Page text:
Sunday, August 31, 2008

August Abridged

Has it really been three weeks since I threw up a decent post? I’ve been hitting my weekly mileage goals since Run Through the Pines, Week 10. I’m now at the half way point in the plan to get to Tennessee. I finished up August with 95.5 miles.

Week 11 was a grand total of 17 miles with the long run of 7. It was one of the hardest 7 miles I’d run in a long time. I’d done 6.8, 6, 8, 9, 10 and 6.7 on my way to RTP without issue. I used an 11:1 run:walk ratio for this one. I rationalized that since I was running shorter I could take less walking breaks. I reported after RTP that my leg felt good. It really did. But that was the last time it felt good.

Week 12 totaled 25.5 miles on a 14 mile long run. I ran the 2 Parks-2 Loops plus Summit House Hill route with the CA Cruisers. I took the first 4 miles really easy on the Summit House section staying back with the slower runners. Back on the 2P-2L section I stepped things up a bit. I used the 8:1 ratio this time.

This week, Week 13, the mileage stepped back to 19.5 with the long run of 8. All week long the leg had been bugging. The muscle tightness was back along the shin bone. With finger pressure along the shin I could find a pain spot without much trouble. I ran the 8 miler at the river trail along the Santa Ana River where I trained for my first marathon. It has been a long time since I’ve run this particular section. I went back to my tried and true run a mile, walk a minute routine. This is what I expect to use in Memphis. The one really nice thing about this run was my pace. I consistently held 9:30 miles without any perceived increased effort. This is a significant improvement over most of my recent long runs.

Later that day my leg was bugging me. The physical part is bad enough, but the mental side of it is even tougher. Sunday morning I got up to do my 4 miler. I had decided ahead of time that I would just walk the first three miles and only run the last one. I stuck to my plan and had some tough conversations with myself during those 50 minutes of walking. When I got home, Lisa was awake. She noted that I had been gone for quite a long time. I told her how I had walked most of my run and told her why.

She asked me, “Are you OK?” It was a simple question, but I don’t have a simple answer. Truthfully, right now I’m not OK. Admitting defeat to your own body is tough. It’s too much to think about and definitely too much to blog about.

Monday, August 18, 2008

It's a Dean Thing

I had the opportunity tonight to spend some time with like minded people at a book signing by Dean Karnazes for his latest book 50/50, Secrets I Learned Running 50 Marathons in 50 Days - And How You Too Can Achieve Super Endurance. I'd seen Dean before at a signing for his first book Ultramarathon Man. I've even had the chance to run along side him, for a short period of time, at the St. George Marathon in 2006. S. George was marathon 21 of the 50 for him. Although he finished well ahead of me he was still around the finish area when I got there and my wife was able to snap a picture of us together. I admit it, I'm a fan of the guy.

He spent only a few minutes talking about the new book and then graciously answered questions for at least 30 minutes. He insists that he's just an average guy with a passion for running. His hope for this book is to encourage the rest of us mere mortals to pursue our passions, whether they are running related or not.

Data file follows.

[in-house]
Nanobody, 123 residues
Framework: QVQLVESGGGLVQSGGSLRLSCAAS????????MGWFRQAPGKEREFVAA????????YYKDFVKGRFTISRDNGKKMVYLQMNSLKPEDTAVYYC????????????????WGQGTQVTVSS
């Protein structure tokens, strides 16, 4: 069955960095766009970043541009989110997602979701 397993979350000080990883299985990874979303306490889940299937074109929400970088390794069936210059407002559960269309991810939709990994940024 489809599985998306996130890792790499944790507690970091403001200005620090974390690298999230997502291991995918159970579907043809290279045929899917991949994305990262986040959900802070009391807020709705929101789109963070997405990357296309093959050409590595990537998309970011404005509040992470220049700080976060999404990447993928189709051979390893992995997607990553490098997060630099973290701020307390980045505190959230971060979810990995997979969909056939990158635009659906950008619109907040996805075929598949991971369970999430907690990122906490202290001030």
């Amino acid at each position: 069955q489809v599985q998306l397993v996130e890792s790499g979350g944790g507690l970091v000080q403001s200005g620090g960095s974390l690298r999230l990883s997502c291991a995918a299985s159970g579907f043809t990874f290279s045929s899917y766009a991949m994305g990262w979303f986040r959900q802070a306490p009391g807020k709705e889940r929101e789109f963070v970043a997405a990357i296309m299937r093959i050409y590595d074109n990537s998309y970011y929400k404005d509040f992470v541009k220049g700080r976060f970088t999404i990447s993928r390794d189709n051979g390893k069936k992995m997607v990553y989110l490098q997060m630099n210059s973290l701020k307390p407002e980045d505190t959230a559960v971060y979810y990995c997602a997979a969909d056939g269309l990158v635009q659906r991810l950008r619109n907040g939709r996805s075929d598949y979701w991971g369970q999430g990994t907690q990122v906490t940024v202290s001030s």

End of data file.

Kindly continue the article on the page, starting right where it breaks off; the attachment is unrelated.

A few days ago Greg; a runner, a blogger and a journalist; got to spend some time on the road with Dean. Greg interviewed Dean for his newspaper. Some of the out takes can be found here on Greg's blog. I’ve had the opportunity to run with Greg on the trails in the Santa Ana Mountains. He is a laid back long mileage trail runner. If you poke around his blog very long you’ll see he likes the long runs. One of the coolest things I think he’s done has been the Coastal Challenge, a 6 day stage race in Costa Rica.

While standing in the line to get the book signed I chatted for bit with a young guy behind me. He runs the marathon distance regularly, usually in the middle of the night, as part of his regular training, yet he’s never run an actual marathon. He is planning on running the inaugural Pasadena Marathon later this year as his first official. I should have asked him more about what motivates him to run so far at such odd times.

A kinda cool side note to the book signing was that I got to meet, Billy of L.A. Runner. I’ve been following his blog for the last couple of months. It is always cool to run into virtual folks in person. He just finished the San Francisco marathon a couple of weeks back in sub 4:00 time and is on his way to the next one, California International in December.

Sunday, August 10, 2008

Of Canyons and Pines

After last week's easy - cut back week, it was time to ramp things up just a little bit more on the way to marathon #13. The plan called for 3-3 milers and a long run of 12. With some lucky placement of distances in the race schedule I pushed the planned 21 to nearly 24.

Thursday I went back to the OC to run the third installment of the Peters Canyon Summer Trail Race Series. The CA Cruiser contingent was thinned out considerably, being down to 5 of us. So much for all my big talk after the last one about gunning for Dr. John. He handily beat me (after having run the San Fran marathon just 4 days prior). This time the loop was run clockwise, leaving the rolling hills until the 2nd half. Some of the down hills are pretty steep, by no means my strong suit. I'd much rather go up than down. The weather was warmer but didn't seem to be a huge factor. In the end I was a few seconds slower than a month ago with a 49:46 for the 5 miles. This accounted for 2 of the extra miles for the week.